Like so many other women, I have uttered the phrase, “I’m not a feminist, but …” When I was younger, the word had been politicized to mean so many other things — man-hater, ballbuster, b—h. A friend of mine cured me of my ignorance, and by the ’90s I was a proud feminist reading Susan Faludi’s “Backlash” and listening to riot grrrl bands. I was vaguely aware of Phyllis Schlafly, but when I saw a segment about her in a PBS documentary, during the summer before the 2016 election, I began to think about telling the story of the fight over the Equal Rights Amendment.
There have been many projects about the women’s movement, but none from the perspective of its spoiler. We began this project, “Mrs. America,” with the idea that our nation was on the brink of having its first female president. There is a direct link between the anti-ERA housewives and the women who felt disrespected by Hillary Clinton asking if people expected her to “stay home and bake cookies.”
When Clinton lost the 2016 election, the FX on Hulu series also became a look at how we got here from there. The deeper we got into telling this story, the more we saw how relevant the issues of the series are to our current political landscape — and the more I realized that I had a lot more to learn about the complexities of the battle to ratify the ERA.
First of all, I realized that Shirley Chisholm should be much more famous. She was the first black woman elected to the U.S. Congress as well as the first woman to pursue the Democratic Party’s presidential nomination. She ran a fearless campaign on issues that we are still grappling with today but did not have the endorsement of either the black caucus or the women’s caucus. Both backed the more centrist candidate, George McGovern, who they felt had the best chance of beating Nixon. He lost in a historic landslide.
Next I discovered that intersectionality was a ’70s thing. Black, Latino, queer and poor women were leaders in the feminist movement long before Kimberlé Crenshaw provided the framework and definition for intersectionality. The leaders of the movement constantly pushed back against an exclusively white, heterosexual, privileged mainstream and toward intersectional representation. At the 1977 National Women’s Convention in Houston, the 26 adopted planks included minority women, rural women, homemakers, sexual orientation, reproductive freedom and, of course, the Equal Rights Amendment. There were many strong, brilliant and passionate personalities among the movement leaders, and they all had very different points of view. Healthy debates among accomplished women are disturbingly still called “catfights.” When men debate and differ, it’s just called a “debate.”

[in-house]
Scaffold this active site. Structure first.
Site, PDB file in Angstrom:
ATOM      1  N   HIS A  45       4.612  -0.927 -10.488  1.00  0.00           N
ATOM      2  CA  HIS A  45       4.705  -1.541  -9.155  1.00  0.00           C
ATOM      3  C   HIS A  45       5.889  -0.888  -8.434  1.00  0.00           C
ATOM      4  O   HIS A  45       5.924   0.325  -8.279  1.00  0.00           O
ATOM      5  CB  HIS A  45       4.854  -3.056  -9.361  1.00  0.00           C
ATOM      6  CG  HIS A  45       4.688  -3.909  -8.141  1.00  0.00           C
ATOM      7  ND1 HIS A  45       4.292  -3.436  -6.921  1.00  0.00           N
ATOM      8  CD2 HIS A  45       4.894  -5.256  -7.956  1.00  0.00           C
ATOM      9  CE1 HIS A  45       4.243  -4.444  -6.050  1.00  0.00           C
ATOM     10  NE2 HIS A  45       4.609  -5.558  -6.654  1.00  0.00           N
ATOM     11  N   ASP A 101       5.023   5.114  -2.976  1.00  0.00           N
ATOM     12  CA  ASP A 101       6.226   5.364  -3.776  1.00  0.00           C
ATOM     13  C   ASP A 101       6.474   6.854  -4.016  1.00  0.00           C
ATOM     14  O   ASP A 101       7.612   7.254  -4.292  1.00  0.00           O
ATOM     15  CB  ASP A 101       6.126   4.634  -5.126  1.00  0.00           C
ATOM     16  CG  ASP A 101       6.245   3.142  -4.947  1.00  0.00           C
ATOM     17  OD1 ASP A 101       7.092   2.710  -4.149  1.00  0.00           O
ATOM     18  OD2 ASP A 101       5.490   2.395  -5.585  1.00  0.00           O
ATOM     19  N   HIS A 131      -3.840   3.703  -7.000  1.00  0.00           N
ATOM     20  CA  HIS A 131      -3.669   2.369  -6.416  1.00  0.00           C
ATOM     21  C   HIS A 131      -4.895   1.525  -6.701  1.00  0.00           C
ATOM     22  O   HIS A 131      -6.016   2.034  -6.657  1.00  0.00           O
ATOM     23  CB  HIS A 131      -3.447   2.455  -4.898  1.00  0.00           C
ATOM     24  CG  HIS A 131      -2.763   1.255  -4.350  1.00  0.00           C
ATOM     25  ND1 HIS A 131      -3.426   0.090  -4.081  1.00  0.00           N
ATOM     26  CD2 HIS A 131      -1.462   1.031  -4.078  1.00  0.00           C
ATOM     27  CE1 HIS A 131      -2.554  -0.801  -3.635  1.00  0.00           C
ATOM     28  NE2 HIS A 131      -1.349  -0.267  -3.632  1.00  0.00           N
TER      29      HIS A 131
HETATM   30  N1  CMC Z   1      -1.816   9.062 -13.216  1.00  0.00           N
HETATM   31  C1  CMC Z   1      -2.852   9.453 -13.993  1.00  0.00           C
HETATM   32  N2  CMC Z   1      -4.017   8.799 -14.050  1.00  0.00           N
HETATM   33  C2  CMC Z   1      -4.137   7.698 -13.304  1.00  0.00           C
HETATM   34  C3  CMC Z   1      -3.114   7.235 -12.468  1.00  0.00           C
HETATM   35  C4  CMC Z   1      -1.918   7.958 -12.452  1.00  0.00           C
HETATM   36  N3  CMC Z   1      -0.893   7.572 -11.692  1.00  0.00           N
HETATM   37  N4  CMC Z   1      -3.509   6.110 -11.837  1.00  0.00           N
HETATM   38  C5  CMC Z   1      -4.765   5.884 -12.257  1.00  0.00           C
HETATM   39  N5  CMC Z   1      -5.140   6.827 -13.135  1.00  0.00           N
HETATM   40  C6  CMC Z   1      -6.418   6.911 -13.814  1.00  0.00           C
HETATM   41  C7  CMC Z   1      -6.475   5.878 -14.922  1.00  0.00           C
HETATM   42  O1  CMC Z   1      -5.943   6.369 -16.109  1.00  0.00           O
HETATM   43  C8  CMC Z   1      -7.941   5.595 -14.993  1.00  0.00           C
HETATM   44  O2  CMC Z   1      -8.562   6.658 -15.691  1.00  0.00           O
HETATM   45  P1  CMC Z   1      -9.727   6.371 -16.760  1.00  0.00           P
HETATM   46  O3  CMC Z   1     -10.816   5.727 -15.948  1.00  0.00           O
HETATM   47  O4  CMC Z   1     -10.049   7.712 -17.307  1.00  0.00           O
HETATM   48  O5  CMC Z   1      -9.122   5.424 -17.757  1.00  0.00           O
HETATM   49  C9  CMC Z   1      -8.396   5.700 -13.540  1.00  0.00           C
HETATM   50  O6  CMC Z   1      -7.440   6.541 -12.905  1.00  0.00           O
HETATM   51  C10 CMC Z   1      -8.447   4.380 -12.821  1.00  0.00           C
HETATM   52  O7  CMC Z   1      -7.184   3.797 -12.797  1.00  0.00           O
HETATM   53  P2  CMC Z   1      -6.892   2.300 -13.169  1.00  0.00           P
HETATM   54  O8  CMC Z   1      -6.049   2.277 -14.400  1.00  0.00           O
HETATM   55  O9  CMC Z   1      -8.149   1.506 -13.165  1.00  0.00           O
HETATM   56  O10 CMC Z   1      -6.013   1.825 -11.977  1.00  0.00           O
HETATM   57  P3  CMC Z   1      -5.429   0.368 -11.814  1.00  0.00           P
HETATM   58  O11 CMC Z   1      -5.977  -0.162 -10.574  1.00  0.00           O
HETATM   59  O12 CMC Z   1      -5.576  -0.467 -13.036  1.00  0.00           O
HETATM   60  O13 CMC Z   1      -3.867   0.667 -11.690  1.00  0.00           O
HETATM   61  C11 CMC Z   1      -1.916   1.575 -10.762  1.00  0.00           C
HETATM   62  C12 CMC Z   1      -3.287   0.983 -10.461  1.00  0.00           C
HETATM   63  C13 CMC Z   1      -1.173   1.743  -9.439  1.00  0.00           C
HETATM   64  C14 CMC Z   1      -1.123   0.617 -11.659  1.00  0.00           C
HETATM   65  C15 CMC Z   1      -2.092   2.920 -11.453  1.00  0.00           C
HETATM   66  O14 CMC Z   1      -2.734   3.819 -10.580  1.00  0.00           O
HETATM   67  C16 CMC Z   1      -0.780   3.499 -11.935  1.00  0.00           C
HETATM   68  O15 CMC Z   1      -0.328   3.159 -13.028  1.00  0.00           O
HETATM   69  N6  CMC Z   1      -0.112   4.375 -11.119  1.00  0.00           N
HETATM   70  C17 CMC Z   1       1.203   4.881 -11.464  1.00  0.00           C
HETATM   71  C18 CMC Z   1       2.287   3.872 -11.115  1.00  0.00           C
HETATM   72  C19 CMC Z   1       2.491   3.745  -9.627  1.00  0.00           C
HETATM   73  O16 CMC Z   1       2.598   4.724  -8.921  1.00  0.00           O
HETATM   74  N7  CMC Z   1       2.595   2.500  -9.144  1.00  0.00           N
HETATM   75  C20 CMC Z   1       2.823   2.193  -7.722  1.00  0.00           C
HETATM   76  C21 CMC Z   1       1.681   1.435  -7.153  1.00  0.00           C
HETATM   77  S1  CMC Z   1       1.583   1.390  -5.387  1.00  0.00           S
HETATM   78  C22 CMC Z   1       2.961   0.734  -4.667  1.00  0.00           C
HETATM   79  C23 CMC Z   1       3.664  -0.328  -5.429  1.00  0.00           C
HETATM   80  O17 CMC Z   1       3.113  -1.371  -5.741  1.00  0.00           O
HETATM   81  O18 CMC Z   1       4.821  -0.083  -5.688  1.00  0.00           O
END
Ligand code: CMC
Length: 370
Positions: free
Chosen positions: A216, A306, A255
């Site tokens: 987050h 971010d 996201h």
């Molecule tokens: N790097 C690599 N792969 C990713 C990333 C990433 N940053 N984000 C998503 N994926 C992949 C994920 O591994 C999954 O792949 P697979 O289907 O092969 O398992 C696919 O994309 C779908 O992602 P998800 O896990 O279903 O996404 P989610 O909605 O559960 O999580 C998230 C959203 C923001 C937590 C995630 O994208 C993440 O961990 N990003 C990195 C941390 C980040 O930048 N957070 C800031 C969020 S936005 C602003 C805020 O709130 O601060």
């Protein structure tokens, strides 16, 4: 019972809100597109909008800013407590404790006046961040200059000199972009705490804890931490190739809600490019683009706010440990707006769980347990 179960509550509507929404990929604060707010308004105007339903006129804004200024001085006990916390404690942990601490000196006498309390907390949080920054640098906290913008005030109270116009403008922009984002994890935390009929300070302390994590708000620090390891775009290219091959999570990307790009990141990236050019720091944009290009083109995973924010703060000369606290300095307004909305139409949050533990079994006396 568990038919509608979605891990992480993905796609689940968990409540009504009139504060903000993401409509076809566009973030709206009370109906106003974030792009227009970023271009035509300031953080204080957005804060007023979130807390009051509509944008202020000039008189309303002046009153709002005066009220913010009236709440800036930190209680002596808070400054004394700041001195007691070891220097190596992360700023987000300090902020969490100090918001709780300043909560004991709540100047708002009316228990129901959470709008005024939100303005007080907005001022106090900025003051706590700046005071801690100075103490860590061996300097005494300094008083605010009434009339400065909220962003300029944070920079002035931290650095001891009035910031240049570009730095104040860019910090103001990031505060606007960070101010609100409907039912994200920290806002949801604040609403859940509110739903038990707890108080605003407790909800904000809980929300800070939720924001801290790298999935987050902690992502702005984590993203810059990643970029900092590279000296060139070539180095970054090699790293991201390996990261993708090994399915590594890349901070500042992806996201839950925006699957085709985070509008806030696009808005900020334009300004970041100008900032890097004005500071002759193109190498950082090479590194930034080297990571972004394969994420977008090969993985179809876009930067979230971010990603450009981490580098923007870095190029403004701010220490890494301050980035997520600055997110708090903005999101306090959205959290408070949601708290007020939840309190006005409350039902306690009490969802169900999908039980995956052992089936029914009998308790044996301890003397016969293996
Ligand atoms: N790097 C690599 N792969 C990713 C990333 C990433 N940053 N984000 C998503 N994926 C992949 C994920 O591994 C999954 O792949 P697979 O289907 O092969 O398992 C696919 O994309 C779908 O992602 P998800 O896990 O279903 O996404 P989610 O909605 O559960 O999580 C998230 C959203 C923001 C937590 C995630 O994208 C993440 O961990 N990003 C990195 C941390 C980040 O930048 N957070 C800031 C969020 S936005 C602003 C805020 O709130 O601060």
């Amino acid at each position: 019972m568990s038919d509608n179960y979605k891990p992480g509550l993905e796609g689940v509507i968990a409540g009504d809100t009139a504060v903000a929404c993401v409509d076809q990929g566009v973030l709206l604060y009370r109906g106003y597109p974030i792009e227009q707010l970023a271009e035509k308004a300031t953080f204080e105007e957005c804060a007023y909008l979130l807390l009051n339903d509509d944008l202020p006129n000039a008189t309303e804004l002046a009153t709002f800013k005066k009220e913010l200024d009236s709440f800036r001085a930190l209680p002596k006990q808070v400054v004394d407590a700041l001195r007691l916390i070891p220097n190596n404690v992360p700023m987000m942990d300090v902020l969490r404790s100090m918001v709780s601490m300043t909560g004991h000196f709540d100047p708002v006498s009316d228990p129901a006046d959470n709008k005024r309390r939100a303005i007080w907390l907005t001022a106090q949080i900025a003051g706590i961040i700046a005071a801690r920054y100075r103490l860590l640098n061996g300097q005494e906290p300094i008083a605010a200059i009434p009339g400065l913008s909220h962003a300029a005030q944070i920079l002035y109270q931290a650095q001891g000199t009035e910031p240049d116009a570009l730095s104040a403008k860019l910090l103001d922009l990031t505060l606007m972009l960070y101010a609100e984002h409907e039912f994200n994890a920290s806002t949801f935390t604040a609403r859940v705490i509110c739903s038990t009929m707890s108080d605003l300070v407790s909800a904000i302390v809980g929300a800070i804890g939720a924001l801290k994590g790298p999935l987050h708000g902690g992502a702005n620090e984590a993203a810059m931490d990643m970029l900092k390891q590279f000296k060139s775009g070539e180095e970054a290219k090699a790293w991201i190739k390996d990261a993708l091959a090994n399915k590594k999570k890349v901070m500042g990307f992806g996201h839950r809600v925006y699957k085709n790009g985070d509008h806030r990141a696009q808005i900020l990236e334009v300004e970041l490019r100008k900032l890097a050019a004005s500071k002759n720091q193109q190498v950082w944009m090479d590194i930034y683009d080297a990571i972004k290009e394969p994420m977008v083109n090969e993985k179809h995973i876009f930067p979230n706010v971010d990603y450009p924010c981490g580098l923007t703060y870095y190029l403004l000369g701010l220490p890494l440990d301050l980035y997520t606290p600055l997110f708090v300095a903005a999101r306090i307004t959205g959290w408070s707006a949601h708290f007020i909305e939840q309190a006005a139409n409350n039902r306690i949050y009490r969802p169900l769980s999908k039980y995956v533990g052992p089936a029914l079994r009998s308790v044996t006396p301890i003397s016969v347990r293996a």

It blew my mind that there used to be Republican feminists, and they were the mainstream. First lady Betty Ford, Jill Ruckelshaus and Audrey Rowe Colom, all of whom are represented in our show, fought hard for the ratification of the ERA and were pro-choice. By 1980, with the election of Ronald Reagan, the Republican Party began its tack to the far right.
Less of a surprise was learning that the insurance industry hates the ERA. Ellie Smeal and Gloria Steinem have often spoken of the influence of the insurance industry lobbyists working against the ratification of the ERA, because it would do away with gender-based price discrimination. For decades they treated being a woman as a preexisting condition. It was not unexpected to learn that W. Clement Stone, the Illinois insurance billionaire, was among Schlafly’s political backers when she made her congressional bid.
In 1970, “Battling Bella” Abzug, (the brilliant feminist activist and co-founder of the National Women’s Political Caucus with Steinem, Chisholm and Betty Friedan) ran for Congress at the same time as Schlafly. They used the same slogan: “This woman’s place is in the House … the House of Representatives!” Abzug won. Schlafly lost her race. But that does not diminish the fact that she was a marketing genius. She was also a best-selling author, who turned the mailing list for her newsletter into a political juggernaut that created one of the first grassroots conservative movements. She understood the media and made sure to be seen nationally on mainstream daytime shows like “Donahue” and “The Mike Douglas Show.” She rebranded her movement from the movement of the anti’s — “anti-ERA” and “anti-choice” — to the pro’s: “pro-family” and “pro-life.” She was a trailblazer in both branding and organizing.
Finally, it is utterly incomprehensible that enshrining these simple words — “Equality of rights under the law shall not be denied or abridged by the United States or by any state on account of sex” — in the Constitution is still so controversial.
Hollywood veteran Stacey Sher is the executive producer of FX on Hulu’s new series “Mrs. America,” which stars Cate Blanchett as Phyllis Schlafly and begins airing April 15.